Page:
Third-Offense DWI/DUI in New York
A third-offense DWI (driving while intoxicated) in New York, sometimes called a DUI (driving under the influence), can result in serious consequences and exorbitant costs. A third-offense DWI can be charged as a Class D felony in New York and can result in a prison sentence of up to seven years. Fines and legal fees can easily exceed $10,000. Below are some important facts about third-offense DWIs in New York.
Felony vs. Misdemeanor Crime
If you were convicted of two DWIs, DWAIs (involving drugs or a combination of alcohol and drugs), or one of each, within the past ten years and you’re convicted of a new DWI or DWAI (involving drugs or a combination of alcohol and drugs), you can be charged with a Class D felony. However, if at least one of your two prior offenses was a DWAI involving only alcohol, your new DWI will likely be charged as a second-offense DWI, a Class E felony or a misdemeanor.
(See our New York first-offense article for an explanation of the differences between a DWI and a DWAI.)
The fines for a felony third-offense DWI in New York range from $2,000 to $10,000. Other associated costs such as administrative fees and the cost of hiring an attorney, if you choose to do so, can significantly add to the final price tag.
New York law states that the minimum license suspension period for a third-offense DWI is one year. However, in 2012, the New York Department of Motor Vehicles (DMV) created new regulations that added further obstacles for DWI repeat-offenders trying to get their licenses reinstated.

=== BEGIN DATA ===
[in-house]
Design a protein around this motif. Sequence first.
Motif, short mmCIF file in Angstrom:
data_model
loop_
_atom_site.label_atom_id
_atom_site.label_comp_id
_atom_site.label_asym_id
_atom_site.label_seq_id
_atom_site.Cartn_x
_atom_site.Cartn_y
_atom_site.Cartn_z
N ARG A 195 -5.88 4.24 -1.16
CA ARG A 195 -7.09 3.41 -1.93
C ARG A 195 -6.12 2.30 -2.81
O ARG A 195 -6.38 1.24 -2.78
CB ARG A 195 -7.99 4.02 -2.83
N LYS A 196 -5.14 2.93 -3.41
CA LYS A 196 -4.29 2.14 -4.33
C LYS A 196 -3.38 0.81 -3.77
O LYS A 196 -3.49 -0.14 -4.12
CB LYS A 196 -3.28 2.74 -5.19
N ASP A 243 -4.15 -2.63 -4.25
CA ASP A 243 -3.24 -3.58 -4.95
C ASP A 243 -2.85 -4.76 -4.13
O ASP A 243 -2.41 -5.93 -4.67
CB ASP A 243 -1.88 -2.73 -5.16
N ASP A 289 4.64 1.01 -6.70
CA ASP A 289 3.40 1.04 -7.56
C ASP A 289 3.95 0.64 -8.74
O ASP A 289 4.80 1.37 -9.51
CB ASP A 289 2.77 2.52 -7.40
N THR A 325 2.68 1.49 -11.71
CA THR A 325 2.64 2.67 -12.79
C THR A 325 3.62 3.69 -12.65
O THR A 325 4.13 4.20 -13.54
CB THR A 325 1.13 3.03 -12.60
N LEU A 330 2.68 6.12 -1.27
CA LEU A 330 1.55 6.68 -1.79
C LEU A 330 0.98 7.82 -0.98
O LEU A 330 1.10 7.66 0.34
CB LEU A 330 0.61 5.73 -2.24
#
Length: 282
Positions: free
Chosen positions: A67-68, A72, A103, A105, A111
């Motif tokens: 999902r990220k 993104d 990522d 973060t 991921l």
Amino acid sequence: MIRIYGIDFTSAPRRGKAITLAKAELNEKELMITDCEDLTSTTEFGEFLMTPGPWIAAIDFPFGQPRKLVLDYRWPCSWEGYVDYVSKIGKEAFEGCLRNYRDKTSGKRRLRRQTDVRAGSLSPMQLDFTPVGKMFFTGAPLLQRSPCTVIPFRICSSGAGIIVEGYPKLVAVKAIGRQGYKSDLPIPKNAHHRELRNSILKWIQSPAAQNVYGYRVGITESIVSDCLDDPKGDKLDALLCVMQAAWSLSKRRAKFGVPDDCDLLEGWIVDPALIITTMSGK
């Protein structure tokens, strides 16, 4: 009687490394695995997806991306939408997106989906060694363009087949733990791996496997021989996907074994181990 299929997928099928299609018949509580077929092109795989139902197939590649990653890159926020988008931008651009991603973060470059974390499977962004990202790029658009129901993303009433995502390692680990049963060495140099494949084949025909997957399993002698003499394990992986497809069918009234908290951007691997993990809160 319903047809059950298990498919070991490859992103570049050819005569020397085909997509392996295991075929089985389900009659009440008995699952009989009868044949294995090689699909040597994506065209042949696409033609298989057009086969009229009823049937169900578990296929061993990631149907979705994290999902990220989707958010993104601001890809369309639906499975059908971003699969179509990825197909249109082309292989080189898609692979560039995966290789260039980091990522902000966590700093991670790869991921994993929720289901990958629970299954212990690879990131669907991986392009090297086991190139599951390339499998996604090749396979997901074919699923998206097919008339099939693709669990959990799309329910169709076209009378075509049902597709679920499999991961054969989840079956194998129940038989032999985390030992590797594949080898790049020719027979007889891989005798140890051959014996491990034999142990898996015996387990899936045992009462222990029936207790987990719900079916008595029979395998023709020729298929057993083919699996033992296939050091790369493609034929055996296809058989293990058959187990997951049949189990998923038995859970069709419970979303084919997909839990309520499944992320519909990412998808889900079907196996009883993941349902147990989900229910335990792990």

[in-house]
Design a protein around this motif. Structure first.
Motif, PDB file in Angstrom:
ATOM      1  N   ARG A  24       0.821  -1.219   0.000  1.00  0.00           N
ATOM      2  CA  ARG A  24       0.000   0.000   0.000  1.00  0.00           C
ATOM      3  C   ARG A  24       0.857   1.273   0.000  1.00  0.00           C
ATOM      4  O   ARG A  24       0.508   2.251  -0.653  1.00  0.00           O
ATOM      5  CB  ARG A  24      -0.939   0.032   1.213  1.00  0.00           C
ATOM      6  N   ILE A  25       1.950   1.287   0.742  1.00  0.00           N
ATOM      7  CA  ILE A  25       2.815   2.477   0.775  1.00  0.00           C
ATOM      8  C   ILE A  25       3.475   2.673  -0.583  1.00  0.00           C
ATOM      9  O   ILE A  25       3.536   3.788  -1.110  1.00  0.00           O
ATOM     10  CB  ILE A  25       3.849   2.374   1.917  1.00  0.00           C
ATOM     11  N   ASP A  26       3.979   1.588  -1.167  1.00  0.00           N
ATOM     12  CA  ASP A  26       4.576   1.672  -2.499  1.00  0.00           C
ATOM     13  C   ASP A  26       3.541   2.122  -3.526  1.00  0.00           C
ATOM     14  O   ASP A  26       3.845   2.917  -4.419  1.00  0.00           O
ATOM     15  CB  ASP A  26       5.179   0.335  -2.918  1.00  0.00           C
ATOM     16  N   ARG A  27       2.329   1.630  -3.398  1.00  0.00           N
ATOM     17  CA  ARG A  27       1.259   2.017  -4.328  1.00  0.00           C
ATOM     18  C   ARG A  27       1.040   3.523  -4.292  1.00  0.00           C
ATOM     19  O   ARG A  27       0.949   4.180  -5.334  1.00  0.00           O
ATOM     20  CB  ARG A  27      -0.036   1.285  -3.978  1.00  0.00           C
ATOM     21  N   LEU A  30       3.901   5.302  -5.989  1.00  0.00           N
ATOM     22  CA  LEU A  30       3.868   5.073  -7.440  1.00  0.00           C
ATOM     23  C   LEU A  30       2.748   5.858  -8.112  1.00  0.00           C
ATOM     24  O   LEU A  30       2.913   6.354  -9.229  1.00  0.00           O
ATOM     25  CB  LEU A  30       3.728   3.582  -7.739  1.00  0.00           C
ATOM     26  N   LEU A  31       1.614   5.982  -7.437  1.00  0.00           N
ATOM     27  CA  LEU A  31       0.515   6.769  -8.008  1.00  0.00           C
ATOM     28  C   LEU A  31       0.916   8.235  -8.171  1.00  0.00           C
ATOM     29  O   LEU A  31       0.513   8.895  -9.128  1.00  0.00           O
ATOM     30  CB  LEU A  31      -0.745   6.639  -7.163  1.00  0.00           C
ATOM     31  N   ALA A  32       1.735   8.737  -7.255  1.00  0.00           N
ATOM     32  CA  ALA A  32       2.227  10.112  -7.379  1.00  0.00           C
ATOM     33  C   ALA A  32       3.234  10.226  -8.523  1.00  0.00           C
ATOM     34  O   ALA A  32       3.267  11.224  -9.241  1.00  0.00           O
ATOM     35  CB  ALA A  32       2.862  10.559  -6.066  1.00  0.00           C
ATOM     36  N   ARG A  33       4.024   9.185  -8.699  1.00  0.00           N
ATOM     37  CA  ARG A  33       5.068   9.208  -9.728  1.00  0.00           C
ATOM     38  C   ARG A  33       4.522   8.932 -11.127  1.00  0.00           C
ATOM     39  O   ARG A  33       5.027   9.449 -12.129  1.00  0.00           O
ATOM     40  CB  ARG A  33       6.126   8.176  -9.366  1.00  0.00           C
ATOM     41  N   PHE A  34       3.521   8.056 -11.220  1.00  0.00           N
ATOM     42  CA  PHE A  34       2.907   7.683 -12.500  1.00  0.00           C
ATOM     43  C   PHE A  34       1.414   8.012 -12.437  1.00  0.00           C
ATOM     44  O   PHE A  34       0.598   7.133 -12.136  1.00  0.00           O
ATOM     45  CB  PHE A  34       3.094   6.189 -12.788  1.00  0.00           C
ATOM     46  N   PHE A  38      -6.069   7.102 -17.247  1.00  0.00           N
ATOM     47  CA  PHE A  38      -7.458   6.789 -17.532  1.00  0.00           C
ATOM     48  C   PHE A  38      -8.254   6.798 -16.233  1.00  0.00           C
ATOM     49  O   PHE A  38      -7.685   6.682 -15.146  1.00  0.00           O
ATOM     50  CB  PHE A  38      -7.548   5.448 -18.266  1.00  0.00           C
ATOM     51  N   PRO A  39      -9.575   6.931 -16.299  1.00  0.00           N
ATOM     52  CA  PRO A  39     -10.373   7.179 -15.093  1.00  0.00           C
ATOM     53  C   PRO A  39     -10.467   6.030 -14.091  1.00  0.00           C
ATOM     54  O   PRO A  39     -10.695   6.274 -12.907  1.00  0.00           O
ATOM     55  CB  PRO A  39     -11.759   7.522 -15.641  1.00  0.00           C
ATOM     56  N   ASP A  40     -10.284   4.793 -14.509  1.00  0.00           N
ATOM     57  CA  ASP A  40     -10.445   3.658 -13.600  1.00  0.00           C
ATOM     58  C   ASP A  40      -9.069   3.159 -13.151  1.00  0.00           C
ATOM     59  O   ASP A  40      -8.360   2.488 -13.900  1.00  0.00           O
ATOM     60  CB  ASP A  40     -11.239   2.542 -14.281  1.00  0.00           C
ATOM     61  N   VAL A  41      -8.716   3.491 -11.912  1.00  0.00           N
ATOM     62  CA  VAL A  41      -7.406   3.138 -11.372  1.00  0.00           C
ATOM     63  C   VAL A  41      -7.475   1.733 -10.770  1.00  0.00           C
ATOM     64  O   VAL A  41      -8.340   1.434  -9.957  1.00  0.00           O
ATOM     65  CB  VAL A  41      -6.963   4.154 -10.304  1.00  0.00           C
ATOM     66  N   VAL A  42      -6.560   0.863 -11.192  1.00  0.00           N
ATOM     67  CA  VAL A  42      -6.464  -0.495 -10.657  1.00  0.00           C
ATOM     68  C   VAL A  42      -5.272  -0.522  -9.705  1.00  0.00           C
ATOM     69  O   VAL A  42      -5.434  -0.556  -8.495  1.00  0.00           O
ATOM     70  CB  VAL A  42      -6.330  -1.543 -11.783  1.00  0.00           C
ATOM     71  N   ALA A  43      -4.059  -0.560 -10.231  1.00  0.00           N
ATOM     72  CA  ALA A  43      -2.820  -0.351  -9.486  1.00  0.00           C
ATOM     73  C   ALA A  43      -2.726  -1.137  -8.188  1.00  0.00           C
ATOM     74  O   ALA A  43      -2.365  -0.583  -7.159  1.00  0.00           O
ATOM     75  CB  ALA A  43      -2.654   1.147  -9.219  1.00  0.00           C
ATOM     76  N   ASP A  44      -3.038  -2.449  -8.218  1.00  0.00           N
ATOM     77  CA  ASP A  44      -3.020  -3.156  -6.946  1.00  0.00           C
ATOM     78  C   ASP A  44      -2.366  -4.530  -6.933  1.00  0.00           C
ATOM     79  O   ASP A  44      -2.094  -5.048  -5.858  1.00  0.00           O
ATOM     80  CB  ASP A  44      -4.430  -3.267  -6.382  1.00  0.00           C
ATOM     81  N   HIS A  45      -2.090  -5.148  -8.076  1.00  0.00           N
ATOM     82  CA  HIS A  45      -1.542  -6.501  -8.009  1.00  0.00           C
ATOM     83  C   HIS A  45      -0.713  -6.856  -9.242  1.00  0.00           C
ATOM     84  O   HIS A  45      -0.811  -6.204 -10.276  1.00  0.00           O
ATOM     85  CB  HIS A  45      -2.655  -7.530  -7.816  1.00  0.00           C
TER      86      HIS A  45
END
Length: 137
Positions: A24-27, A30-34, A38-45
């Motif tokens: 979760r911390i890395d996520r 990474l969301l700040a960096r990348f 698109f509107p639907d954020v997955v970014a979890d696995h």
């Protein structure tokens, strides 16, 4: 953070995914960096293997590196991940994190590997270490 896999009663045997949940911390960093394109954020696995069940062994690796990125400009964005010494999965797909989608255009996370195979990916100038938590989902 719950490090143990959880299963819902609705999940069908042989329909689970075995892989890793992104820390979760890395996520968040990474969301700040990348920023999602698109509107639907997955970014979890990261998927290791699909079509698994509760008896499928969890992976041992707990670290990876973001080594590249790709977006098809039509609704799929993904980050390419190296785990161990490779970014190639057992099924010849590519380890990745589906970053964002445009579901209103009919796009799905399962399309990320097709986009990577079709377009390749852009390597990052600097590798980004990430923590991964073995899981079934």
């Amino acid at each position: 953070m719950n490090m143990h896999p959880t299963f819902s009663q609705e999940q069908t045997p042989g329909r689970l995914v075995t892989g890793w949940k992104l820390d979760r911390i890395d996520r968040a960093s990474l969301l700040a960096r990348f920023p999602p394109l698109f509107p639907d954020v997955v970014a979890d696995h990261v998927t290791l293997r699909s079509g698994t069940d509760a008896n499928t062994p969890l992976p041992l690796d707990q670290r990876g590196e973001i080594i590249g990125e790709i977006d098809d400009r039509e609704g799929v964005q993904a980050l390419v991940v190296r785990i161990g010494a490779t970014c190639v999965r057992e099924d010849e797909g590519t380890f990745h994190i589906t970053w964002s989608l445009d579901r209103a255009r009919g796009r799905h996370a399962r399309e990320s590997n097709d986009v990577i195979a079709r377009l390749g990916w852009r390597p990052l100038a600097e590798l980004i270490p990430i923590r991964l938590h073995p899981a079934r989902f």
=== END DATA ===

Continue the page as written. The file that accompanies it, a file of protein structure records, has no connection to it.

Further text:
For drivers whose licenses are revoked for a DWI—who also have had two or three prior DWIs or DWAIs (or a combination of DWIs and DWAIs) within the past 25 years—the new regulations say that the DMV won’t reissue a license for at least five years after the suspension period is completed. In other words, these repeat offenders will be without a license for at least six years—one year for the suspension, and an additional five years under the DMV regulation. The regulations also require these drivers to have ignition interlock devices (IIDs) on their vehicles for five years once they get their licenses back.
For a felony third-offense DWI, a New York judge can sentence the offender to up to seven years in prison. If the offender had two prior DWI convictions within the past five years, the driver must serve a minimum of either ten days in jail or 60 days community service.
The Lookback Period
For purposes of determining whether a current DWI is a third-offense, the “look-back” period is ten years. In other words, a DWI is considered a third-offense if you had two prior offenses within the past ten years. DWAIs also have a ten-year third-offense look-back period.
It’s also important to understand that New York has multiple look-back periods. Depending on your situation, the look-back period could be four, five, ten, or 25 years. Consult with a New York DWI attorney to find out which look-back period applies to your situation.
Obtain Legal Advice
Although New York DWI law limits plea bargaining in DWI and DWAI cases, you should talk to an experienced DWI attorney to find out what your options are. A third-offense DWI is a serious charge and a DWI attorney can help you understand what you’re facing and help you decide how best to handle your case.
Last updated: 3/18/2016